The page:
Large Silhouette Chandelier Decoration, the Grandelier


As a creative freelancer, I often design themed environments for special events. Large chandeliers are expensive (even as a rental) and are exceedingly complicated to transport or assemble. I developed this solution which creates a nearly six ft. wide , visually-substantial chandelier that weighs less than 13 lbs, and packs flat, and at only half the diameter! I liked the simple lines of chandeliers I'd seen in used in modern designs seen in urban lounges and hotels. This versatile chandelier can even be electrified fairly easily. These are primarily popular in white or black, but can be cut from other routable board products such as PVC plastic sheet or even acrylic.

These instructions will help you create my initial chandelier design.

I've developed an updated and improved version which is manufactured from PVC plastic sheet and includes battery-operated LED candles. I've called it the Grandelier. It's also now available in two sizes.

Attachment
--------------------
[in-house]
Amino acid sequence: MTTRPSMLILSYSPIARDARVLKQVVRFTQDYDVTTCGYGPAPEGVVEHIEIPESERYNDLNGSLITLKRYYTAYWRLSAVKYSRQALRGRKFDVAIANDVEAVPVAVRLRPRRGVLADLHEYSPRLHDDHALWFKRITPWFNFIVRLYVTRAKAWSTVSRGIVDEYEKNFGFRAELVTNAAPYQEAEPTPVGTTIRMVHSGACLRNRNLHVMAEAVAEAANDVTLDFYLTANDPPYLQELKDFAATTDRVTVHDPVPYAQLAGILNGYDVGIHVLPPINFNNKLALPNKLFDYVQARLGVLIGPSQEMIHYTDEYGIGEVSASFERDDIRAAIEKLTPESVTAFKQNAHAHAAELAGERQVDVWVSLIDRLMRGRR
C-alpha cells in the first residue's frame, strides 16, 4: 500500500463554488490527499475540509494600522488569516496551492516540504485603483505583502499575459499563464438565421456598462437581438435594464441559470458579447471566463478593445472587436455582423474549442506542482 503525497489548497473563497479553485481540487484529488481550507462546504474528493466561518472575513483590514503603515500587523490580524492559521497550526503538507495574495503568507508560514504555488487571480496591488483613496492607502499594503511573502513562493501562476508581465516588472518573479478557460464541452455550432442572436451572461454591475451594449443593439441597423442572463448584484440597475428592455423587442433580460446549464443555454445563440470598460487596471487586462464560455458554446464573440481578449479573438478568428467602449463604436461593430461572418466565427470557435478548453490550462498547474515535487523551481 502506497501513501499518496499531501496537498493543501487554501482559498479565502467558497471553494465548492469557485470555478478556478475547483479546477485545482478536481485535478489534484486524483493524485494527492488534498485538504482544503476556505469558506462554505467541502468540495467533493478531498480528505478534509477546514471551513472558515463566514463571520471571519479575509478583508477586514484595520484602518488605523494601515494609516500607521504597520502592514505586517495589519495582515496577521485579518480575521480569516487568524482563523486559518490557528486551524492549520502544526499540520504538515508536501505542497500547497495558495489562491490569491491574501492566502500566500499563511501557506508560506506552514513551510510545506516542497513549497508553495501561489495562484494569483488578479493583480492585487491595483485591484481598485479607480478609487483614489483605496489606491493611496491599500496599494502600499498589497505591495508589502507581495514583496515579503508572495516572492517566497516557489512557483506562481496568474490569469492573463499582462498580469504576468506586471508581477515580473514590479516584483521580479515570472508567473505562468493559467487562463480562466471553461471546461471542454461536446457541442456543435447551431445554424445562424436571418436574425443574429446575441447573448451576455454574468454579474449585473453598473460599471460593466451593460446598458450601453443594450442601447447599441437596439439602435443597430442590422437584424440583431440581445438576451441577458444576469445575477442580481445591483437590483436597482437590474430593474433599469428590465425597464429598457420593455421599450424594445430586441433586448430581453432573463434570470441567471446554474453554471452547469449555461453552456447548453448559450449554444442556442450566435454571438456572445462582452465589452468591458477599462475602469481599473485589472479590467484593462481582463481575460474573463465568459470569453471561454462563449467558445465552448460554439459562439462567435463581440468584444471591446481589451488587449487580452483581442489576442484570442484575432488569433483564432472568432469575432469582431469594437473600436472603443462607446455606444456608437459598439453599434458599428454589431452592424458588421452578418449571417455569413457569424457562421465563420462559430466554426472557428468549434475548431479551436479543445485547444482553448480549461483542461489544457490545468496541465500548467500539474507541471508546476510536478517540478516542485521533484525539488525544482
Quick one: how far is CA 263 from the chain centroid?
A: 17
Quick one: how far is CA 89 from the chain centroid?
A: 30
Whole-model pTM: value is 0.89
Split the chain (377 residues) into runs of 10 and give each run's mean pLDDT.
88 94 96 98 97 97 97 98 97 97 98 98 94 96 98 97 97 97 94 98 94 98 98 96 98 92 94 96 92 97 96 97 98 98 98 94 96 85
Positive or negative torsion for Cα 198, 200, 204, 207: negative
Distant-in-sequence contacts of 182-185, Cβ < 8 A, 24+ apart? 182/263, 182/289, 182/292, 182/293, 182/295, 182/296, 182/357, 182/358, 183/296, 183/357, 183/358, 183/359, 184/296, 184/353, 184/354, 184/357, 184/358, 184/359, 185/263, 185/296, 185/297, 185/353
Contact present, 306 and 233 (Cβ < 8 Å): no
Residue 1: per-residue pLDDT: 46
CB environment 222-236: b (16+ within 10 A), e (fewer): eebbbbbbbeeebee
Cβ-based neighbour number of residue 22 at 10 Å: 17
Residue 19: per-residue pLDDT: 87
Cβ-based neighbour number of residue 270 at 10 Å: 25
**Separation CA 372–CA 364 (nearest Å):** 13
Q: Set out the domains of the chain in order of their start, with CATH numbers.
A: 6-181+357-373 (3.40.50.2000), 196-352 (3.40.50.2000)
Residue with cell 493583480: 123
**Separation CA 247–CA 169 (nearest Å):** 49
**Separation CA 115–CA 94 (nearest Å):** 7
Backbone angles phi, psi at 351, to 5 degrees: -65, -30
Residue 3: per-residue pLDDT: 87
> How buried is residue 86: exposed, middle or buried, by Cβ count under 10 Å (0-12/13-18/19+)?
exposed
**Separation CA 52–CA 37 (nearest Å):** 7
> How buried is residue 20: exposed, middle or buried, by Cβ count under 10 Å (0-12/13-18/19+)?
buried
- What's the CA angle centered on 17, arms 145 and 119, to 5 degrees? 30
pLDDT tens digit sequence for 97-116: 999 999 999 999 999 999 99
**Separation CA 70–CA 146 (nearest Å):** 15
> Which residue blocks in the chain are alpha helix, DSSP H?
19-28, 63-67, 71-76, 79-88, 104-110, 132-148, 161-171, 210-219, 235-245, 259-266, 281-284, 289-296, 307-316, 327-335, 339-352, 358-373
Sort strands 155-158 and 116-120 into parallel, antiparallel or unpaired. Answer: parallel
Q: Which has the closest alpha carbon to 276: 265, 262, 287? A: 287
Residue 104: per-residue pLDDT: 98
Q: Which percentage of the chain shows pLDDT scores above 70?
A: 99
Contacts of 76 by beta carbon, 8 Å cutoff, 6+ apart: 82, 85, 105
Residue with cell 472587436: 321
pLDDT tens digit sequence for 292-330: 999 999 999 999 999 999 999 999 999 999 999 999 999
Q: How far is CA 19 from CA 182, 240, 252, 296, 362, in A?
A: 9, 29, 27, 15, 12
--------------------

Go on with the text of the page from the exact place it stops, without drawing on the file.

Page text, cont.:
Purchase a ready-to-assemble chandelier at Grandelier.com
Now also available in a 28" wide Petit size!

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Step 1:

Picture of
The first step is to have a one dimensional silhouette of a chandelier. This was designed in Adobe Illustrator, but you could design or edit the included file in any vector app of your choice. Or you may simply use what I've included as-is.

You will then need to have access to a CNC router. I don't have one of my own, but use a local service, which also supplied the Gatorboard foam board which I've chosen to use for it's cost, relatively good durability and especially how light weight it is.

You will need six sections of half of the chandelier. All halves are identical. To make my chandeliers as large as possible, I was able to get two on a standard 48" x 96" sheet, so I required three sheets total to be cut. 
In my builds, I've used 1/4" Gatorboard foam board, and the slots in the design are cut to accomodate that thickness. Each chandelier requires four slotted disks to hold each of the six sections into place. The slots are 1/2 the radius of the disk, with four matching slots on each chandelier section. Though I require only four of these disks per chandelier, I have plenty of spare room on my 4x8 sheet to cut extra, which is always a great idea to have spares!